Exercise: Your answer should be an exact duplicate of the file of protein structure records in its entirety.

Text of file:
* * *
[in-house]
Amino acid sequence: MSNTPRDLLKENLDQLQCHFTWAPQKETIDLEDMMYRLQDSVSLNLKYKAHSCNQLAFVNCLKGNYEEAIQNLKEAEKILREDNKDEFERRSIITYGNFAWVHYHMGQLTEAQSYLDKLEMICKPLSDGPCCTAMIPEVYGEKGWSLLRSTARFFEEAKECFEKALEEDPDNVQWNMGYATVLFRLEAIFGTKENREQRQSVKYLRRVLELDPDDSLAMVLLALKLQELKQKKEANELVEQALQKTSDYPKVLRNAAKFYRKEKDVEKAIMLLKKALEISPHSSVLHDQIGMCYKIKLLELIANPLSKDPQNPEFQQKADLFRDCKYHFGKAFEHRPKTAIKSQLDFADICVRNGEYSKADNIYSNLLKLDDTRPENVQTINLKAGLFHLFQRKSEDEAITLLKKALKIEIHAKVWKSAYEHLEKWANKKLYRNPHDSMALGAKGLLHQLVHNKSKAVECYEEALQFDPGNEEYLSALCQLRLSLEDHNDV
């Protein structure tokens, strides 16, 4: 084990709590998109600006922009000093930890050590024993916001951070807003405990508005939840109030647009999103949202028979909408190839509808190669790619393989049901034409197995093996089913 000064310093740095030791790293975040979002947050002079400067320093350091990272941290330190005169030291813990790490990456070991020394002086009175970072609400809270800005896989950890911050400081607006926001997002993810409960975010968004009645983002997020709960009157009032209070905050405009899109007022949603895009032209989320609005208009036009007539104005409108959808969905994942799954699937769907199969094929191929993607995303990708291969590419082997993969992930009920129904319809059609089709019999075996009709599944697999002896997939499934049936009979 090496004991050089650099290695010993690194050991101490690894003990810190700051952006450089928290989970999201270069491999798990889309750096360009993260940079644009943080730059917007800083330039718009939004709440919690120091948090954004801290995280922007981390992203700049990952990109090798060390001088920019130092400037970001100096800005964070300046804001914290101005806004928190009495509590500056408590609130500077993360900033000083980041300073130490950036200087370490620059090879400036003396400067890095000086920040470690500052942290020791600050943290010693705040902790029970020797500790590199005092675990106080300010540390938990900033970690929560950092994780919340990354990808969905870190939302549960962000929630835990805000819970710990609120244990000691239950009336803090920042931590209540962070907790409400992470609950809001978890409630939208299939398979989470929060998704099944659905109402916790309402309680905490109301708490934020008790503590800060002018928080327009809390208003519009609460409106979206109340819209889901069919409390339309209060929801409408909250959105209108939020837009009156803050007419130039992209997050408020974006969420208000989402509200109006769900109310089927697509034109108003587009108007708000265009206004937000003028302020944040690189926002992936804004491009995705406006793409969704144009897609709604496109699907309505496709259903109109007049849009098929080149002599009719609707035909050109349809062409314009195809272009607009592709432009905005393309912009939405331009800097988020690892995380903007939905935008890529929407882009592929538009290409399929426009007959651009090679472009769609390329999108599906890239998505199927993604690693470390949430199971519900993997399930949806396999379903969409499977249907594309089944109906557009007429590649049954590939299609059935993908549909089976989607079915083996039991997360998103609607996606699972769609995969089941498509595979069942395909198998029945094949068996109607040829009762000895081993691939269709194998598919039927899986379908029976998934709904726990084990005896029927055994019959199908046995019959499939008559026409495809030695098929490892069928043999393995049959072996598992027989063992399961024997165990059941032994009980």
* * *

[in-house]
Amino acid sequence: MSNTPRDLLKENLDQLQCHFTWAPQKETIDLEDMMYRLQDSVSLNLKYKAHSCNQLAFVNCLKGNYEEAIQNLKEAEKILREDNKDEFERRSIITYGNFAWVHYHMGQLTEAQSYLDKLEMICKPLSDGPCCTAMIPEVYGEKGWSLLRSTARFFEEAKECFEKALEEDPDNVQWNMGYATVLFRLEAIFGTKENREQRQSVKYLRRVLELDPDDSLAMVLLALKLQELKQKKEANELVEQALQKTSDYPKVLRNAAKFYRKEKDVEKAIMLLKKALEISPHSSVLHDQIGMCYKIKLLELIANPLSKDPQNPEFQQKADLFRDCKYHFGKAFEHRPKTAIKSQLDFADICVRNGEYSKADNIYSNLLKLDDTRPENVQTINLKAGLFHLFQRKSEDEAITLLKKALKIEIHAKVWKSAYEHLEKWANKKLYRNPHDSMALGAKGLLHQLVHNKSKAVECYEEALQFDPGNEEYLSALCQLRLSLEDHNDV
């Protein structure tokens, strides 16, 4: 084990709590998109600006922009000093930890050590024993916001951070807003405990508005939840109030647009999103949202028979909408190839509808190669790619393989049901034409197995093996089913 000064310093740095030791790293975040979002947050002079400067320093350091990272941290330190005169030291813990790490990456070991020394002086009175970072609400809270800005896989950890911050400081607006926001997002993810409960975010968004009645983002997020709960009157009032209070905050405009899109007022949603895009032209989320609005208009036009007539104005409108959808969905994942799954699937769907199969094929191929993607995303990708291969590419082997993969992930009920129904319809059609089709019999075996009709599944697999002896997939499934049936009979 090496004991050089650099290695010993690194050991101490690894003990810190700051952006450089928290989970999201270069491999798990889309750096360009993260940079644009943080730059917007800083330039718009939004709440919690120091948090954004801290995280922007981390992203700049990952990109090798060390001088920019130092400037970001100096800005964070300046804001914290101005806004928190009495509590500056408590609130500077993360900033000083980041300073130490950036200087370490620059090879400036003396400067890095000086920040470690500052942290020791600050943290010693705040902790029970020797500790590199005092675990106080300010540390938990900033970690929560950092994780919340990354990808969905870190939302549960962000929630835990805000819970710990609120244990000691239950009336803090920042931590209540962070907790409400992470609950809001978890409630939208299939398979989470929060998704099944659905109402916790309402309680905490109301708490934020008790503590800060002018928080327009809390208003519009609460409106979206109340819209889901069919409390339309209060929801409408909250959105209108939020837009009156803050007419130039992209997050408020974006969420208000989402509200109006769900109310089927697509034109108003587009108007708000265009206004937000003028302020944040690189926002992936804004491009995705406006793409969704144009897609709604496109699907309505496709259903109109007049849009098929080149002599009719609707035909050109349809062409314009195809272009607009592709432009905005393309912009939405331009800097988020690892995380903007939905935008890529929407882009592929538009290409399929426009007959651009090679472009769609390329999108599906890239998505199927993604690693470390949430199971519900993997399930949806396999379903969409499977249907594309089944109906557009007429590649049954590939299609059935993908549909089976989607079915083996039991997360998103609607996606699972769609995969089941498509595979069942395909198998029945094949068996109607040829009762000895081993691939269709194998598919039927899986379908029976998934709904726990084990005896029927055994019959199908046995019959499939008559026409495809030695098929490892069928043999393995049959072996598992027989063992399961024997165990059941032994009980």